Luckily, I avoided most of the mayhem, instead opting to spend quality time with two industry folk who are most likely not household names to the civilian quarter, nor I suspect to any but the most hardcore of fans. Writer/director J.D. Feigelson has been making the rounds this past year in anticipation of the long, long-awaited DVD release of the classic TV-movie Dark Night of the Scarecrow, and we were honored that he elected to join us for dinner on Saturday. It actually ended up being quite the hilarious adventure since, all day long, we had been hearing tales of the “finest BBQ in the world” served at a place that J.D. swore by, saying that he went there any time he was in Cincinnati. Well, we all pile into the Kitleymobile and head off, following JD’s directions, nearly drooling all over ourselves with hunger after a long day in the trenches… only to end by pulling into a darkened parking lot with the words “For Lease” emblazoned across the front of the vacant restaurant. We laughed heartily, dubbing this “The Night of the Dark BBQ,” then tore out in search of alternative edibles, finding them in the form of Jim Dandy’s BBQ (which unfortunately was playing host to Bad Bob’s Blue Band that night, thus quelling any opportunity for conversation). Happily, JD was kind enough to return to the hotel with us to hang out in the bar, holding court with stories of Hollywood legends that he had worked with. Without a doubt, those few hours will remain in my memory as some of my fondest convention memories. Thanks for making that happen, Dan.

After JD had finally excused himself to hit some well-deserved hay, I headed over to the hotel business office to check email (they had blocked Facebook and MySpace, which seems a little obnoxious in this day and age, but whatever). Well, I’m sitting there minding my own business when I hear a voice say, “You didn’t happen to see a boarding pass on that computer when you came in, did you?” I turned around and found myself face-to-smiling-face with Eileen Dietz, probably best known for her valiant (and uncredited) work standing in for Linda Blair in The Exorcist, performing several of the more, ahem, “mature” scenes (hello, crucifix scene), as well as the subliminal shots of the demon Pazuzu. Dietz also chillingly appeared as Linda Kasabian, member of the Manson Family, in the acclaimed TV-movie Helter Skelter. Apparently, the printer in the office had not been working, so she had gone to the front desk to retrieve her boarding pass, forgetting whether she had logged off the computer. Then, to my surprise, this woman who had been holding court all day long at her table, listening to people endlessly tell her “how The Exorcist had scared them to death, blah, blah, blah,” sat down at the other computer and we proceeded to chat about this and that for the next hour. What a treat! Eileen has several projects in the works, and I’ll tell you, I am now looking forward to them with great anticipation. So-called celebrities everywhere, let it never be forgotten that the personal touch, a brief (or in this case, not-so-brief) but genuine conversation is infinitely more profound and lasting than any number of paid-for autographed DVD covers. As a result of this weekend’s interactions, I will never forget JD and Eileen’s generosity of spirit and will be an unwavering supporter of their endeavors henceforth. My most heartfelt thanks to both of you.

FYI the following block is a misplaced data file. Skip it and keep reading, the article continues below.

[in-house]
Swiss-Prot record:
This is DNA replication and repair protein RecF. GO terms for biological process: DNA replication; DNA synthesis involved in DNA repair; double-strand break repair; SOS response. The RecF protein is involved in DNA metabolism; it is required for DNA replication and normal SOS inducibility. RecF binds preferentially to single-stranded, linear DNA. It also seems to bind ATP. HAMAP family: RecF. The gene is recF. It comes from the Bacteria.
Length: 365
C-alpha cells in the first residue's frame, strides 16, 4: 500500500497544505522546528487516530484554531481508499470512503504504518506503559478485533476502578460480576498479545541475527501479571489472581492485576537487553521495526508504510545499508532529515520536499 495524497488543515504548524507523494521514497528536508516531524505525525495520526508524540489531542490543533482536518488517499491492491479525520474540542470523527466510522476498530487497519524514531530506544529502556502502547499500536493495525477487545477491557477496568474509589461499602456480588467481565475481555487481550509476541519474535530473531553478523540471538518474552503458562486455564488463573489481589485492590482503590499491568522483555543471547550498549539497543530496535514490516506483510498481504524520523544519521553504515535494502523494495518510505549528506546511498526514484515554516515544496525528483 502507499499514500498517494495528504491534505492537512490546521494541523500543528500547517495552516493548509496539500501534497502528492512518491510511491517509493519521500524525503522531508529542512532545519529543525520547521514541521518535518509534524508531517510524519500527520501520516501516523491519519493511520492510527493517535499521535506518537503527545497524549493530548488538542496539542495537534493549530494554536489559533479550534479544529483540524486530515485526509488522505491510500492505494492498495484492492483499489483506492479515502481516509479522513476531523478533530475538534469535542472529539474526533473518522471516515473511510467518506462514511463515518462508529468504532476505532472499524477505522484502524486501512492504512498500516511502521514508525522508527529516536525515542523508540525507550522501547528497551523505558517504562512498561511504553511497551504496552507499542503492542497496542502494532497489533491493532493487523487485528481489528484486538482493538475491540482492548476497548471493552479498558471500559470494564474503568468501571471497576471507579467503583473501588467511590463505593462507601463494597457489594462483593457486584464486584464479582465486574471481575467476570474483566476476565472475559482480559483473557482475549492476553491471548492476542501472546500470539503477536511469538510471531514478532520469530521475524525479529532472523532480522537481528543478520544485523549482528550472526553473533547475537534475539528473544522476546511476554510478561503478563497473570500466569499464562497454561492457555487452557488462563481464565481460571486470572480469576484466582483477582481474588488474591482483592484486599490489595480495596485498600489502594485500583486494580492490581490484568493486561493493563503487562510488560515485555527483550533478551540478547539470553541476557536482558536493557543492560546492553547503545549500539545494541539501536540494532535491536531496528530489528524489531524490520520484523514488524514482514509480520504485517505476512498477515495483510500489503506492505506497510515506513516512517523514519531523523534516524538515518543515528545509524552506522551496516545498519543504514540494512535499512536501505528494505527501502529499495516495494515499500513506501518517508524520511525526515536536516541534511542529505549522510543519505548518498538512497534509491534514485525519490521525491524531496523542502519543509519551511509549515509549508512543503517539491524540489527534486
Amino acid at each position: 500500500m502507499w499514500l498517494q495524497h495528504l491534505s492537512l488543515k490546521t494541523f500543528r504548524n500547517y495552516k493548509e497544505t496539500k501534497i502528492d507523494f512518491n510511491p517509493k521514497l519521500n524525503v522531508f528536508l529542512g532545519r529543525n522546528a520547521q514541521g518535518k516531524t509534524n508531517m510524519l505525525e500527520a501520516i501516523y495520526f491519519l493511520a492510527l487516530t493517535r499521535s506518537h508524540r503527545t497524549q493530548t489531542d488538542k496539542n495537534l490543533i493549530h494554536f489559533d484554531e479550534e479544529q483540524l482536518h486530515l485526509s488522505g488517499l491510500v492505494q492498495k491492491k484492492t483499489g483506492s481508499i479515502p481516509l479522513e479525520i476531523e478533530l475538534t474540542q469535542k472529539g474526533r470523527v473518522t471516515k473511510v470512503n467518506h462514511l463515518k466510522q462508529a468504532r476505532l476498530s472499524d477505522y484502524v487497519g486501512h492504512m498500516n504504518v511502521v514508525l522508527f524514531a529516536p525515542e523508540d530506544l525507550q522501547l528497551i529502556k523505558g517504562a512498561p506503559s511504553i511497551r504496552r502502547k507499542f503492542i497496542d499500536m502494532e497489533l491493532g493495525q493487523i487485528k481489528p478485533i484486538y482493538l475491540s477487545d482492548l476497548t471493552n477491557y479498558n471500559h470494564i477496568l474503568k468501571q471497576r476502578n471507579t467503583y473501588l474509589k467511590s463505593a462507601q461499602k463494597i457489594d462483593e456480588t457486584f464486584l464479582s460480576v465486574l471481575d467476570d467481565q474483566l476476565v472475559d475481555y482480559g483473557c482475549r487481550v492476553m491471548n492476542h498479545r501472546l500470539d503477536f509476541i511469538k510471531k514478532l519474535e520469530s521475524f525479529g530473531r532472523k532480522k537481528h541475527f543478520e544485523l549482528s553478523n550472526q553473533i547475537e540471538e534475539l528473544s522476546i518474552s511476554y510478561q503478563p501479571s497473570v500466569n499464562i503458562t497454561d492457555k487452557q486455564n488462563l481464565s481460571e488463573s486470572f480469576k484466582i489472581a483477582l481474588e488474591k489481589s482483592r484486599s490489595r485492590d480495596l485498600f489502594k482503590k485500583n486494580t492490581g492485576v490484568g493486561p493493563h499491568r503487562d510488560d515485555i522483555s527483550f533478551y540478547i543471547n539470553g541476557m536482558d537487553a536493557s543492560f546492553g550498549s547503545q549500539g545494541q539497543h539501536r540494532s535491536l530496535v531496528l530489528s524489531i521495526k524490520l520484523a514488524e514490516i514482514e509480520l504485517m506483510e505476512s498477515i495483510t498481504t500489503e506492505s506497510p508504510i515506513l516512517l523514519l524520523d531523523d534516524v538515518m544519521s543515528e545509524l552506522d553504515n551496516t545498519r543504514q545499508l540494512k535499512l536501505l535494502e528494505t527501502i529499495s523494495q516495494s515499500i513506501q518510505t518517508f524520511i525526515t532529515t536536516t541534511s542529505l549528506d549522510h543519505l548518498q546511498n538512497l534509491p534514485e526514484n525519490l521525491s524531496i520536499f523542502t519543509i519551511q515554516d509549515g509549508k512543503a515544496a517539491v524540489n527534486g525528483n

While on the subject of personal touches, hats off to the good people at the Cincinnati IHOP and Bob Evans’ restaurants. I know, sounds weird, but every meal we had at these establishments was accompanied by the most attentive and accommodating service any of us had encountered in a long, long while. Seriously, waitstaff employees everywhere could take more than a few pages out of these kids’ books, and the food (at IHOP, I know!!!) was terrific. Whatever they’re doing, they need to bottle it and send it up Windy City way.